Actually, you are WAY off topic, not slightly. There are other groups more appropriate for your question.
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Where and when?--and "Glenn Beck said so" isn't proof. In fact the people actually involved in the matter have expressed admiration for the French and Scandanavian systems as being more efficient and less costly.
The British and Canadian systems are used most often for comparison, however, because our TV and print analysts are too lazy to learn a foreign language.
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And the French and Scandanavian systems also have thier own set of warts. They also service a mush smaller population of people then any American system will.
As far as Beck goes, I only started paying attention to him when certain people started getting thier panties in a bunch over him. So I started watching. I notice that none of his detractors has actually factually challeneged anything he's said. They make personal attacks and vile adhominems but no factual refutations. I wonder why that is?
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wrote:

Having lived in the UK, USA and Scandinavia at one time or another I did like the Scandinavian system, but the tax rates there were eye watering (the locals whinge a bit but generally feel they get value for money). The UK system seems to be having problems because of inappropriate management techniques being forced on it. These work in some industries but not (apparently) health care, but the only experts available had only these skills (bit like basing schooling on dairy farming, there are vauge similarities but also serious differences). UK doctors are on pretty good rates of pay, way over the average for the country as a whole, on a par with senior managers in industry. The average GP get about the same or slightly more pay than the PM, but I suspect they work harder. In the UK was for a time a carer for a person who got mowed down by a truck and left disabled. They would not have survived without state supported health care, they are now once more a productive member of society and paying taxes. I didn't have much fun, the 'pay' for being the carer was dreadful (the alternative would be for the NHS to do the day to day care), but it did work and when treatment was needed it was given quickly and efficiently. In the US I was covered by the company plan, bit of a gamble there as essentially it drew the line at anything expensive or long term. In the US there is talk of government panels making decisions about who gets what, as an outsider I see little difference from the present position where the insurance company panels make the same decisons. On balance I have found state run systems do work, in general thanks in part to economies of scale they cost less (8% of GDP in the UK as against 17% of GDP in the US), and I have no problem helping out the less fortunate than myself. Also I'm getting old now, I may need some long term care in the not too distant future. Just a personal view.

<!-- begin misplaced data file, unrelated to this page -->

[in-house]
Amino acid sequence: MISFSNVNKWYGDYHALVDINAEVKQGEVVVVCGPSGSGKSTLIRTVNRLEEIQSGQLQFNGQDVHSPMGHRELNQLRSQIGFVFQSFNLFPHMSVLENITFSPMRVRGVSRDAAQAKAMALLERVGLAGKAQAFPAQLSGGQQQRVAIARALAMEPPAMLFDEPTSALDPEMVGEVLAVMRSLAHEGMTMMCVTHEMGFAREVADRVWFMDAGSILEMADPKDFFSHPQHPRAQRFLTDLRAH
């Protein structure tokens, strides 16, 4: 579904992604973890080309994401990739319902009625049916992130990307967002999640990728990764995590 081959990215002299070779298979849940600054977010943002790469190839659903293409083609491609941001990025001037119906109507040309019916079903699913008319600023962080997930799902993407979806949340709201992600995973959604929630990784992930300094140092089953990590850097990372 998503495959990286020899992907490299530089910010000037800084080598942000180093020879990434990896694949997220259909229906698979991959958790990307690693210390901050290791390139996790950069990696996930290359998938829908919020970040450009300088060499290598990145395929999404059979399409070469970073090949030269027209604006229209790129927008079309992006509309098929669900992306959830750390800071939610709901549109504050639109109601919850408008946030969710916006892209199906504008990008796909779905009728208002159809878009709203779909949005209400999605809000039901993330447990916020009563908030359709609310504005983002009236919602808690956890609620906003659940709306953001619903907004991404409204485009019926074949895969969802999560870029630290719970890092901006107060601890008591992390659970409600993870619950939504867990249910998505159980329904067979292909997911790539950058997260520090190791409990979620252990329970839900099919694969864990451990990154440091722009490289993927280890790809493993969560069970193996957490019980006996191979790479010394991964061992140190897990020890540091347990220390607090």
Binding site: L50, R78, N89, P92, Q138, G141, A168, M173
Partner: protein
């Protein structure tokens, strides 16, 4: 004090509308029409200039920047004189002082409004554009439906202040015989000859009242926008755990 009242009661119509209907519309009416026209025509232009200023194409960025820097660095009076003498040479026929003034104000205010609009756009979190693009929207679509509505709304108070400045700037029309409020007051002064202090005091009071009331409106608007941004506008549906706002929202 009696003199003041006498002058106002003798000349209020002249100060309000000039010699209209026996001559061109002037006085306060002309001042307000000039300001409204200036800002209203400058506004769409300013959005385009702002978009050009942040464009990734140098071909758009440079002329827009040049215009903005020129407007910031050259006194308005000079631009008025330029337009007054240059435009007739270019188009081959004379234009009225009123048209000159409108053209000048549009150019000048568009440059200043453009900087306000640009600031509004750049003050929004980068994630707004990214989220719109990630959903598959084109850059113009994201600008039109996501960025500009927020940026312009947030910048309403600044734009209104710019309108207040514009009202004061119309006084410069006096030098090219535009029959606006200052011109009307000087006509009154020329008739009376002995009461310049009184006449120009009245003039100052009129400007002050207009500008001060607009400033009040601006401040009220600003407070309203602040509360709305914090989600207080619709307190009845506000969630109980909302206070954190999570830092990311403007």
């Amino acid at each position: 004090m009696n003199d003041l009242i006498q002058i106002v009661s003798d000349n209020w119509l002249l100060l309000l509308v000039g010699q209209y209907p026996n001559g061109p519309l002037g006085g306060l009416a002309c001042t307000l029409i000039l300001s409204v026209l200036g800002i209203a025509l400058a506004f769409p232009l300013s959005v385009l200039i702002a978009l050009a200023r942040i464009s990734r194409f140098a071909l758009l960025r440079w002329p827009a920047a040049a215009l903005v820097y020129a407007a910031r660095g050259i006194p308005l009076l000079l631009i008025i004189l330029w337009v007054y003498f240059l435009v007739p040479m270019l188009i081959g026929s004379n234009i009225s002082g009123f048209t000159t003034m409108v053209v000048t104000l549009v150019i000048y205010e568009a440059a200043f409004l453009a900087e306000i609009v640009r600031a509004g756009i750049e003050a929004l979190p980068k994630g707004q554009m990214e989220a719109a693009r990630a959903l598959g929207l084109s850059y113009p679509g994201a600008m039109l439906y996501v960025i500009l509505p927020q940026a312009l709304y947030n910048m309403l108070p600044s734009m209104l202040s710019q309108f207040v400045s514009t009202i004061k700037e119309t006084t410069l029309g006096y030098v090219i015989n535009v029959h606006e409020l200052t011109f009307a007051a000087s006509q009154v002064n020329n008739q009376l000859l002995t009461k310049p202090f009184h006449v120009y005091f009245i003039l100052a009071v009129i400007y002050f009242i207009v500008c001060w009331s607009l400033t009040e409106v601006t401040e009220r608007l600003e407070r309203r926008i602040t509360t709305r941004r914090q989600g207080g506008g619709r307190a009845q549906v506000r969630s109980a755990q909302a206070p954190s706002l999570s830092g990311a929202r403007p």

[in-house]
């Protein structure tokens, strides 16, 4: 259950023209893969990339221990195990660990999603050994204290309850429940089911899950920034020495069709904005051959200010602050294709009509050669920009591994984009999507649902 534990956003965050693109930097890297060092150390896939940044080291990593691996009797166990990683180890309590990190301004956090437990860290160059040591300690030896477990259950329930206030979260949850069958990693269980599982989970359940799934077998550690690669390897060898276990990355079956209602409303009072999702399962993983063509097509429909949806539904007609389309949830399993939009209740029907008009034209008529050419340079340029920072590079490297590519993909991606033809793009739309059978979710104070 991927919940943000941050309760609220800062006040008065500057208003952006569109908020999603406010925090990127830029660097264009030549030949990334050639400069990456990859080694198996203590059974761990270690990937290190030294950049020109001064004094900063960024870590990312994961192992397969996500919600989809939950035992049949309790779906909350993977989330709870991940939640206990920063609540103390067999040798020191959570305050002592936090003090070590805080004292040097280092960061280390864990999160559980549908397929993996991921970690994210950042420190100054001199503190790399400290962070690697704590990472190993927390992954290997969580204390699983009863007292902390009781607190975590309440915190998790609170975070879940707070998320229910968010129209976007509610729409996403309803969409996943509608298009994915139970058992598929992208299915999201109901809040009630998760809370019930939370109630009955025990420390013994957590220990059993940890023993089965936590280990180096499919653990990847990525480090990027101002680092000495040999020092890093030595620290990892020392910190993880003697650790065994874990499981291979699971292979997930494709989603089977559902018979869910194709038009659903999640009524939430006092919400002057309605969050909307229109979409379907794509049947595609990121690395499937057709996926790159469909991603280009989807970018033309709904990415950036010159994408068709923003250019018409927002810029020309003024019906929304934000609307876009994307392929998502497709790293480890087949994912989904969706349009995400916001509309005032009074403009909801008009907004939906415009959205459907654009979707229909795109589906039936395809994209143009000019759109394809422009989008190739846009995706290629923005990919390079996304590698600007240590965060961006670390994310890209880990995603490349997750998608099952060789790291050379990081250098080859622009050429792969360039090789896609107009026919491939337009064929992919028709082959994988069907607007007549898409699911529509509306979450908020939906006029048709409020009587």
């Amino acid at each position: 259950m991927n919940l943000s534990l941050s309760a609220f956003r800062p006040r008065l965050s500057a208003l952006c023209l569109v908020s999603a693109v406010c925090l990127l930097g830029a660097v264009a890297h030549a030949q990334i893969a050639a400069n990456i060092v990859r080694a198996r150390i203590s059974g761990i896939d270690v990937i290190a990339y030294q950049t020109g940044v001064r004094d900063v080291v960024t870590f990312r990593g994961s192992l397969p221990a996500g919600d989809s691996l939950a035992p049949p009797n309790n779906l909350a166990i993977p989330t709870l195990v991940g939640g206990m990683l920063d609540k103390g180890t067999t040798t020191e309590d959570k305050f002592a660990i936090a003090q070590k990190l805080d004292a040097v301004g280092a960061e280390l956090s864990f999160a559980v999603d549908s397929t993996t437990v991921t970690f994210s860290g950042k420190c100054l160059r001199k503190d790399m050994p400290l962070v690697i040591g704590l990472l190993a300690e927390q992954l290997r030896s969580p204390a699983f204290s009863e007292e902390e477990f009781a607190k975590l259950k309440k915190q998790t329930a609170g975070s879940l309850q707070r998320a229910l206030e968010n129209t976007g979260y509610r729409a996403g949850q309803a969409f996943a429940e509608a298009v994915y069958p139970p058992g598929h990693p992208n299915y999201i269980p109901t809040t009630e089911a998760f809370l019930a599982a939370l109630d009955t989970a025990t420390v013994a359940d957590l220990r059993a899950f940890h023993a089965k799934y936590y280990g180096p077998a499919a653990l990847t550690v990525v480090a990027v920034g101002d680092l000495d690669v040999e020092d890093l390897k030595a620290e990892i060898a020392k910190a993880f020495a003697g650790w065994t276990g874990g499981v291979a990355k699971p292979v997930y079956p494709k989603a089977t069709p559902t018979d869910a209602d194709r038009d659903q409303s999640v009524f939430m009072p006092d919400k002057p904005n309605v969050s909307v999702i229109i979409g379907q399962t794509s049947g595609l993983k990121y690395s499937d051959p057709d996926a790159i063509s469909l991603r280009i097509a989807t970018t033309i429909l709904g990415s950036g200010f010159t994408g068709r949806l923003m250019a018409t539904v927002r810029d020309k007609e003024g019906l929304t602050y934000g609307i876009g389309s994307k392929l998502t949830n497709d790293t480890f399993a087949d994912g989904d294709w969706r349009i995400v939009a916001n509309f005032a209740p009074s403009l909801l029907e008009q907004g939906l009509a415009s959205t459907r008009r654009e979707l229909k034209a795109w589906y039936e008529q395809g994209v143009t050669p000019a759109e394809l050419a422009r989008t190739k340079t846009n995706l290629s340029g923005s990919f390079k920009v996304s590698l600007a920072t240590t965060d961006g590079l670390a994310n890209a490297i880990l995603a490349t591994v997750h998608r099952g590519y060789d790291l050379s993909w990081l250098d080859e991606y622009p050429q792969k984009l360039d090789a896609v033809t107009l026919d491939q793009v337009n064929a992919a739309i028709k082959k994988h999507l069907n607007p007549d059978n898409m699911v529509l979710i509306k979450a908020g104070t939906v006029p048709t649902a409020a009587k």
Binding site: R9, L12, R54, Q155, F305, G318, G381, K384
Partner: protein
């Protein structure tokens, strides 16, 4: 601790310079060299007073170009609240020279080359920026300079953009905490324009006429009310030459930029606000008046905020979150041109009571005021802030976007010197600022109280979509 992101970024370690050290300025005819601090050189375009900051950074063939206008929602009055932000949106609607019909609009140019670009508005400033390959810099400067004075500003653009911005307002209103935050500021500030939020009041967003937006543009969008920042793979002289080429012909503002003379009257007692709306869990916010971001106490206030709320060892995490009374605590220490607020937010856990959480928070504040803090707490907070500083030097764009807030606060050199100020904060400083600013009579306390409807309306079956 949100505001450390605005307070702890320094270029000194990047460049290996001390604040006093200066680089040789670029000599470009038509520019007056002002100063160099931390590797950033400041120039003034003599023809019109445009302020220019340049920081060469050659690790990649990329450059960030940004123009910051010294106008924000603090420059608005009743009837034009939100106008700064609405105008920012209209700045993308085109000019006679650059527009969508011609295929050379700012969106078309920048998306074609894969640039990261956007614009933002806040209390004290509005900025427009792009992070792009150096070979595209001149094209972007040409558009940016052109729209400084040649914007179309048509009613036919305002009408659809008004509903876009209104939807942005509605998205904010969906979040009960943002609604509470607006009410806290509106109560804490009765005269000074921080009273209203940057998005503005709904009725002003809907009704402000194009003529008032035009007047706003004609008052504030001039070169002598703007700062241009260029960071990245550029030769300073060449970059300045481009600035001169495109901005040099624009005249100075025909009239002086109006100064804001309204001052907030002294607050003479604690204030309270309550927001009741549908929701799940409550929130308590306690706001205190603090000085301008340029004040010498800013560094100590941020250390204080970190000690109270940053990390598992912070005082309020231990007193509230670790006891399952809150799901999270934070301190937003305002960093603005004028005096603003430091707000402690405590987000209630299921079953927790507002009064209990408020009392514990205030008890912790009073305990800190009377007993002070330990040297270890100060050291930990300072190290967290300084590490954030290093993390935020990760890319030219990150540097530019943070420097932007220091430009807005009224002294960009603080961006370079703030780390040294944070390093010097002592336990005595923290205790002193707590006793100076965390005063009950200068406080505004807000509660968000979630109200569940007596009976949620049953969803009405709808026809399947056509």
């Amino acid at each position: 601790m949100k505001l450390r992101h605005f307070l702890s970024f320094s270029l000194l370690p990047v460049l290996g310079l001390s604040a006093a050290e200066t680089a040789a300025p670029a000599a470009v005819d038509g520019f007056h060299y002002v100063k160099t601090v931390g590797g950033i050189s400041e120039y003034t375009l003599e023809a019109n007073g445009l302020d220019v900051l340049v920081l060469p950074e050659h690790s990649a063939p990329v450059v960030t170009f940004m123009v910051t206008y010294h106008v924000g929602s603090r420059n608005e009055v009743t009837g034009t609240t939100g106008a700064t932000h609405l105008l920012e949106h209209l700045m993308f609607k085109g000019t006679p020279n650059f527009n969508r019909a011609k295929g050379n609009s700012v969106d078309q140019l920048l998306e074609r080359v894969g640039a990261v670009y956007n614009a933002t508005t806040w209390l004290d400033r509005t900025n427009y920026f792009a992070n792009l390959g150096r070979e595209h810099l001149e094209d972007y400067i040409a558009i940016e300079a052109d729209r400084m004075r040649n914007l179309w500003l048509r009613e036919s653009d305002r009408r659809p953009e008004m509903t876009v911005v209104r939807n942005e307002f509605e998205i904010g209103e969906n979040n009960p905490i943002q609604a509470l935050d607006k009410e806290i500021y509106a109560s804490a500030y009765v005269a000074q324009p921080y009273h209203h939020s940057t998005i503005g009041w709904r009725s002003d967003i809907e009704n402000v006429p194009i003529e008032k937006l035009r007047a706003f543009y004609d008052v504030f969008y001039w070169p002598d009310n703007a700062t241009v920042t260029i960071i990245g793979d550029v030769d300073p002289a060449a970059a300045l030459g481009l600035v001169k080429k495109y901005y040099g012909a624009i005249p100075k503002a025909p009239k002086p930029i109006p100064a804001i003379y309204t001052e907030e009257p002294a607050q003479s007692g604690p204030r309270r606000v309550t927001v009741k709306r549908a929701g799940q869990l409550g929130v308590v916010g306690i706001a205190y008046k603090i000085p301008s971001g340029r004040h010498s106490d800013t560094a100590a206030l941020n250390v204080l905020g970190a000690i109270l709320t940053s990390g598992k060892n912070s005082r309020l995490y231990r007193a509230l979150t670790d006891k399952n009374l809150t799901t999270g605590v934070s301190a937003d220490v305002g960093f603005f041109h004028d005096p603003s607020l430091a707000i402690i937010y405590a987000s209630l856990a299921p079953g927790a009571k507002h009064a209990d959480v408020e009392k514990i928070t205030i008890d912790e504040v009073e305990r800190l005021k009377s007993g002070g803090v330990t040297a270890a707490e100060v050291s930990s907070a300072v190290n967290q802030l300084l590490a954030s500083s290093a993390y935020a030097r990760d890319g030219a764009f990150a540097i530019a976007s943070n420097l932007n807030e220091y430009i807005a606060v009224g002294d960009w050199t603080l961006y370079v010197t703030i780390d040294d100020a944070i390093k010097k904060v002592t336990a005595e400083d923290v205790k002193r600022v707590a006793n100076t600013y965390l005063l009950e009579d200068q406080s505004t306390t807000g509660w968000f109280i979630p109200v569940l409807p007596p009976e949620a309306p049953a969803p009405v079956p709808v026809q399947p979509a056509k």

Regards
Mike
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On Aug 29, 3:35�pm, grey snipped-for-privacy@yahoo.com (Gray Ghost) wrote:

Kind of tough when his main assertions seemed based on sugar highs and wet dreams, but here's a start: http://mediamatters.org/search/tag/glenn_beck
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Yawn. Personal attacks, no refutation of fact. Typical response.
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On Aug 30, 12:47�pm, grey snipped-for-privacy@yahoo.com (Gray Ghost) wrote:

Since he hasn't any arguments--just a beer-bong session on a chalkboard--how do you refute them? And since the few facts there are personal attacks without substantiation ("our president . . . hates white people"), it's refuting a daydream.